3d printing and SketchUp help please



Hi John, this is the sort of thing I was originally thinking about:
https://dl.dropboxusercontent.com/u/5772409/Trailer%20back%201.JPG
There are only really two critical dimensions and they are the internal width of the channel (so it will actually fit over the top edge of the trailer) and the diameter of the 'peg' (or socket, so that it is a loose interference fit in / over whatever pole I select).
One of those brackets on either end of a pole sitting across the top of the trailer lengthwise to stop the PVC cover from pooling water. The trailer sits with a reasonable slope to the front so the cover does shed water reasonably well, as long as it doesn't get a chance to sag inwards too much. I may go to two or even three poles to give a better effect.
So, the real work will be being done by the combination of the inside edge of the bracket, the top and the support tube / peg.
As the trailer is only around 1.4m long, the tube doesn't have to be particularly strong but it does need to be reasonably stiff, easy / cheap to buy and ideally non-rusting. Once I find the right material I can decide if the fitment to the 'bracket' will be internal or external. I briefly considered plastic conduit but that would probably sag in the heat.
Maybe a cheap paint roller extension pole or those mock bamboo, green plastic coated steel poles (the latter being very cheap and reasonably stiff)?
Cheers, T i m
p.s. Alternatively, depending on the diameter of the tube, a simple (3d printed) 'fork' on each end of said tube (with one leg above and one below the trailer top edge) with the tube slid in at an angle might achieve the same end?
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On 17/05/2015 22:21, T i m wrote:

I would have thought a "socket" would be better than a peg - lets you use solid or hollow rods.

How about we make it a spigot - so you have an internal and external diameter - then you could say use a dowel in it or conduit over it?

I will do you one to play with and see...
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John.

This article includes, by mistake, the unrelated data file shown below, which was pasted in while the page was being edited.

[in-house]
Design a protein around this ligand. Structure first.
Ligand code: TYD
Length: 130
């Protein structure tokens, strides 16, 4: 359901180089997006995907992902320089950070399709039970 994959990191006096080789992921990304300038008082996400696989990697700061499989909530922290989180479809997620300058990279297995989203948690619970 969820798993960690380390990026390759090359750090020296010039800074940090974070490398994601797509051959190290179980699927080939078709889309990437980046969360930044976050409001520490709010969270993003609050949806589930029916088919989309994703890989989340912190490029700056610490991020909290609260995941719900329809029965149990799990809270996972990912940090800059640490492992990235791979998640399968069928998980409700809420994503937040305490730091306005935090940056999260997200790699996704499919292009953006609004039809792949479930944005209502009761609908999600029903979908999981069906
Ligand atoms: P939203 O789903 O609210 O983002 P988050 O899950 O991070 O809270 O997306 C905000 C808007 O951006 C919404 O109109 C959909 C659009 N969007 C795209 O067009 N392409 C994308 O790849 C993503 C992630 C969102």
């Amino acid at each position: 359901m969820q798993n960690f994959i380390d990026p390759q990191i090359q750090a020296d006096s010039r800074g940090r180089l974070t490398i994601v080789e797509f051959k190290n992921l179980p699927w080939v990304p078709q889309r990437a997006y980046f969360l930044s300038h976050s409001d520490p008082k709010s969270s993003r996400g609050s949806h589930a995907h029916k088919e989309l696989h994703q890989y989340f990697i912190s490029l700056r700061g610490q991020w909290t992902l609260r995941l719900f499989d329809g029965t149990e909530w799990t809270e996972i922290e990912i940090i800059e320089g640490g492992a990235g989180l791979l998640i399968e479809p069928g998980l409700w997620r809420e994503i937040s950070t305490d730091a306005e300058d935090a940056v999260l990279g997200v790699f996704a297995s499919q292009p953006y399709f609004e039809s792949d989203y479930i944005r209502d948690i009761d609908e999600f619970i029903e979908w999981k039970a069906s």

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On 19/05/2015 09:50, John Rumm wrote:

ok Tim, try that:
http://www.internode.co.uk/temp/TrailerBracket.skp
Outer diameter 17mm to take electrical conduit, and internal just over 1/2" for a dowel. I added a 5 degree incline, so it will introduce a slight bend in the rail.
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On Tue, 19 May 2015 10:22:24 +0100, John Rumm

Cool, thanks. ;-)

Very flexible.

I thought of that but unfortunately, unless the bracket can be clipped into the trailer frame to prevent the bracket rotating on the top frame, I'm not sure it will do what we would like? (The 'U' section could be made strong enough to maintain a tight fit on the frame but 1) the frame itself is quite light and isn't bolted hard to the (plastic) front panel at the top so would probably twist when any torsional load was put on it and 2) The (thin) metal top frame goes up the outside (about 25mm), over the top (our 22mm) but only back down on the inside about 15mm, so not really enough for any bracket to rest on (especially with that length of lever))?
More importantly (re 3d printing), unless you provide a disposable 'raft' under the bracket whilst being printed, I'm not sure it would print with that angle and partly the reason I had the dowel level with the top face of the bracket, thinking it would have to be printed upside down. You could print the angle as long as it was carried though into the top plane of the bracket. That also raises the question of being able to print the socket. You could do that if printing it with a removable support plug or print it with the open end facing upwards as long as the rest of the bracket was designed differently. Bottom line, you can't print big or instant overhangs without including a support raft or leg etc.
Back on the usage ... If we tried to make the poles slightly overlong (thinking plastic conduit here) and if the brackets were designed the other way round (with the open 'U' facing outwards and could be a rounded U and shorter so printable)) and sprung into the trailer, we 'might' be able to maintain a form of 'hump back'.
I think 'flat' or even a very slight dish to any support solution will be ok (and simple) as currently there are just a couple of nylon straps stretched over the top front_to_back under the cover and they allow the water to shed ok.
My idea for having the dowel level with the top edge of the bracket was that if it went inside a tube of some sort, the tube would be raised above the thickness of the bracket (by the wall thickness of the tube) and the tube could be notched over the top of the bracket to remove some of the stress on the dowel itself and stop the brackets rotating with respect to each other (even if only a push fit on the poles). I think the dowels (or socket etc) only need to be long enough to stay on the pole and generate enough support between bracket and pole. Too short and the bracket could fall off easily then being handled (if not attached or an interference fit) and not provide much support and too long would just be a waste of time and plastic. ;-)
Just thinking out loud etc)
Cheers, T i m
p.s. If once I can give you an actual dimension for the dowel (when I get some tube) could you leave the item on the base with the 'U' facing upwards please as you know what trouble I had rotating the last item! ;-(